About the Sony DMP-Z1 Signature Series
A powerful high-res player that defies portable audio convention
Sony's Tomoaki "Tomo" Sato gave me an inside look at his latest masterpiece, the DMP-Z1 digital music player.
A powerful high-res player that defies portable audio convention
I've held, operated, heard, and even looked under the hood of the rock-solid Sony DMP-Z1 digital music player — and I'm still not quite sure how to classify it. It sports the look and feel of a high-performance desktop headphone amp/DAC. Yet it runs on rechargeable batteries and stores high-resolution digital audio files, so you can more easily take it from place to place.
"It operates just like our Walkman® players," Sony's Tomoaki "Tomo" Sato told me, "but it has almost six times the headphone output power as our next-largest player."
Tomo has been in charge of Sony's Walkman division in Tokyo since 2013, and he was project manager for the DMP-Z1. I caught up with him before this year's CanJam event in New York City, and he gave me my first glimpse of this special player. "Due to its large size," Tomo said, as he unlatched the DMP-Z1 from the protective case, "we call it transportable instead of portable."
Solid aluminum frame with polished top panel and touchscreen.
Pure, pristine battery power
This heavy-duty player's built-in rechargeable battery array will provide up to 10 hours of music playback on a full charge. But Tomo told me the DC power supply offers a sonic advantage, too. Particularly in Japan, some audiophiles will go to great lengths to keep their high-end audio gear off the dirty AC power grid.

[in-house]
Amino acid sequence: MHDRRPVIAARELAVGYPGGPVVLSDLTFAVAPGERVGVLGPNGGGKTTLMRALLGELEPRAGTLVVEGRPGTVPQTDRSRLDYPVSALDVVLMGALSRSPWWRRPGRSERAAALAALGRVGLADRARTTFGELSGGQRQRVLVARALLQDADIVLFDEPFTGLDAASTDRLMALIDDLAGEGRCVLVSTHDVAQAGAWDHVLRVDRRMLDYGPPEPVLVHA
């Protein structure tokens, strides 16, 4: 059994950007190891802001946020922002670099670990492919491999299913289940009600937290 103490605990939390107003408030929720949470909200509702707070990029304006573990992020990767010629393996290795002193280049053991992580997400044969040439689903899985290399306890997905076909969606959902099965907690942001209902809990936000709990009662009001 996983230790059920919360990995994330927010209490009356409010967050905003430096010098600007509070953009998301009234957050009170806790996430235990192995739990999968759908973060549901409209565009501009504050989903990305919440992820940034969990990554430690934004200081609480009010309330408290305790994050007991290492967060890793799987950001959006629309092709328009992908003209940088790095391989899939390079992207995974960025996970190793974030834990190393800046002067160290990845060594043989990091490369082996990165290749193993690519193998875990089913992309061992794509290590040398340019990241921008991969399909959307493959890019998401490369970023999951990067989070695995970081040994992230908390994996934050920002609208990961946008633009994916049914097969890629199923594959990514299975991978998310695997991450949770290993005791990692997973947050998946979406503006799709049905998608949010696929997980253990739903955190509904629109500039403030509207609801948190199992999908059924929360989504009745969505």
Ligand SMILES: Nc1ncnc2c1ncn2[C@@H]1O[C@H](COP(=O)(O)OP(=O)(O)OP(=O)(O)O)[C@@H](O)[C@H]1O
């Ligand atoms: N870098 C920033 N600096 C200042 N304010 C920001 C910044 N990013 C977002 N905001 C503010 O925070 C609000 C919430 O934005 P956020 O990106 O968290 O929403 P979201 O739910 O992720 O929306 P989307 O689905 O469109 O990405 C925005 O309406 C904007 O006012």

Some use motorcycle batteries, and some even buy their own power utility poles! "You don't need to buy your own power pole here," quipped Tomo. He then pointed out the five battery cells, with dedicated cells powering the digital circuitry and analog circuitry separately. This keeps the power as clean and consistent as possible, resulting in rich, dynamic sound.
You can listen when connected to AC power to save battery, but Sony wants you to avoid line noise and dirty power as much as possible. In "battery mode," you can recharge the DMP-Z1 while you simultaneously play music using your remaining battery power.
Solid build, familiar controls
The DMP-Z1 has a thick aluminum outer shell, with the top and bottom polished to a fine, mirror-like sheen. A 3.1-inch glass touchscreen display sits in the middle of the top panel, with the same snappy interface I'm used to with the Sony NW-ZX300 Walkman. I tapped and scrolled through music selections and menu options with ease.
Plating the traditionally all-brass Alps Electric RK501 volume dial with gold helped provide additional grounding to the power supply.
But the volume control was something else completely! Tomo handed me a model version of the can-sized, gold-plated volume dial. "This is very important to the sound quality." Tomo said, "We started with the Alps Electric RK501 analog volume dial — used in high-end home audio gear for over 20 years— and customized it for the analog circuitry in this player."
A look inside
Next, Tomo pulled out a display version of the DMP-Z1 player. Pride beamed from his face as he removed the top panel to unveil the player's technical wizardry. He pointed out all the thoughtful circuitry and spacing inside, and he shared some of the trials, errors, and stress behind each design decision.
A solid aluminum frame separates the three main sections to prevent signal interference: analog, digital, and power supply. To cut down on weight, Sony milled the aluminum into an "H" shape and nestled the circuit boards inside.
Sony's sound philosophy
I asked Tomo why Sony decided to make a player so physically large. He started with some back story. "Our sound policy has always been the same," he said. "We deliver a very wide soundfield, with clear sound position."
Tomo shows off the beefy 5-cell battery array (in white) and digital circuit board with dual DACs and high-grade KIMBER KABLE wiring.